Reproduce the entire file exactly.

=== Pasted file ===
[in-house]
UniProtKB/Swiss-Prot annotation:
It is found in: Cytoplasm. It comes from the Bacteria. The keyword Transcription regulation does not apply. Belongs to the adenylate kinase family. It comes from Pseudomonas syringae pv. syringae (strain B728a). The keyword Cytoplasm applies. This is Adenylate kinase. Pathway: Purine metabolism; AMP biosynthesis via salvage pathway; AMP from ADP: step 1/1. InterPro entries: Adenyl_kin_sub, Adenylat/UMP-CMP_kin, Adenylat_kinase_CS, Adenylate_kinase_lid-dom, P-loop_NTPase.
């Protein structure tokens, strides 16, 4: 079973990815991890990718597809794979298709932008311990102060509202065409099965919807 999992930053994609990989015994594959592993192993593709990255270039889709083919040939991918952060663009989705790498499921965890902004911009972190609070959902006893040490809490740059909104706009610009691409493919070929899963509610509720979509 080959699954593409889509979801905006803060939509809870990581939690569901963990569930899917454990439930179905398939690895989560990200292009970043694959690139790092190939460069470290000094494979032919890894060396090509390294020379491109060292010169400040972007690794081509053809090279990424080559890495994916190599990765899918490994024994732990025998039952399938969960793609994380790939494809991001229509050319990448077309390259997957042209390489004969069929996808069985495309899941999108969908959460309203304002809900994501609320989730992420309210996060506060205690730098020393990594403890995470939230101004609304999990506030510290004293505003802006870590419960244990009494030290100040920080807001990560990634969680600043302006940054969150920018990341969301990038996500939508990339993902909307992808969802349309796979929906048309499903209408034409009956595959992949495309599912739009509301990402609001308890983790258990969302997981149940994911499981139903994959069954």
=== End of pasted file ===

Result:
[in-house]
UniProtKB/Swiss-Prot annotation:
It is found in: Cytoplasm. It comes from the Bacteria. The keyword Transcription regulation does not apply. Belongs to the adenylate kinase family. It comes from Pseudomonas syringae pv. syringae (strain B728a). The keyword Cytoplasm applies. This is Adenylate kinase. Pathway: Purine metabolism; AMP biosynthesis via salvage pathway; AMP from ADP: step 1/1. InterPro entries: Adenyl_kin_sub, Adenylat/UMP-CMP_kin, Adenylat_kinase_CS, Adenylate_kinase_lid-dom, P-loop_NTPase.
């Protein structure tokens, strides 16, 4: 079973990815991890990718597809794979298709932008311990102060509202065409099965919807 999992930053994609990989015994594959592993192993593709990255270039889709083919040939991918952060663009989705790498499921965890902004911009972190609070959902006893040490809490740059909104706009610009691409493919070929899963509610509720979509 080959699954593409889509979801905006803060939509809870990581939690569901963990569930899917454990439930179905398939690895989560990200292009970043694959690139790092190939460069470290000094494979032919890894060396090509390294020379491109060292010169400040972007690794081509053809090279990424080559890495994916190599990765899918490994024994732990025998039952399938969960793609994380790939494809991001229509050319990448077309390259997957042209390489004969069929996808069985495309899941999108969908959460309203304002809900994501609320989730992420309210996060506060205690730098020393990594403890995470939230101004609304999990506030510290004293505003802006870590419960244990009494030290100040920080807001990560990634969680600043302006940054969150920018990341969301990038996500939508990339993902909307992808969802349309796979929906048309499903209408034409009956595959992949495309599912739009509301990402609001308890983790258990969302997981149940994911499981139903994959069954």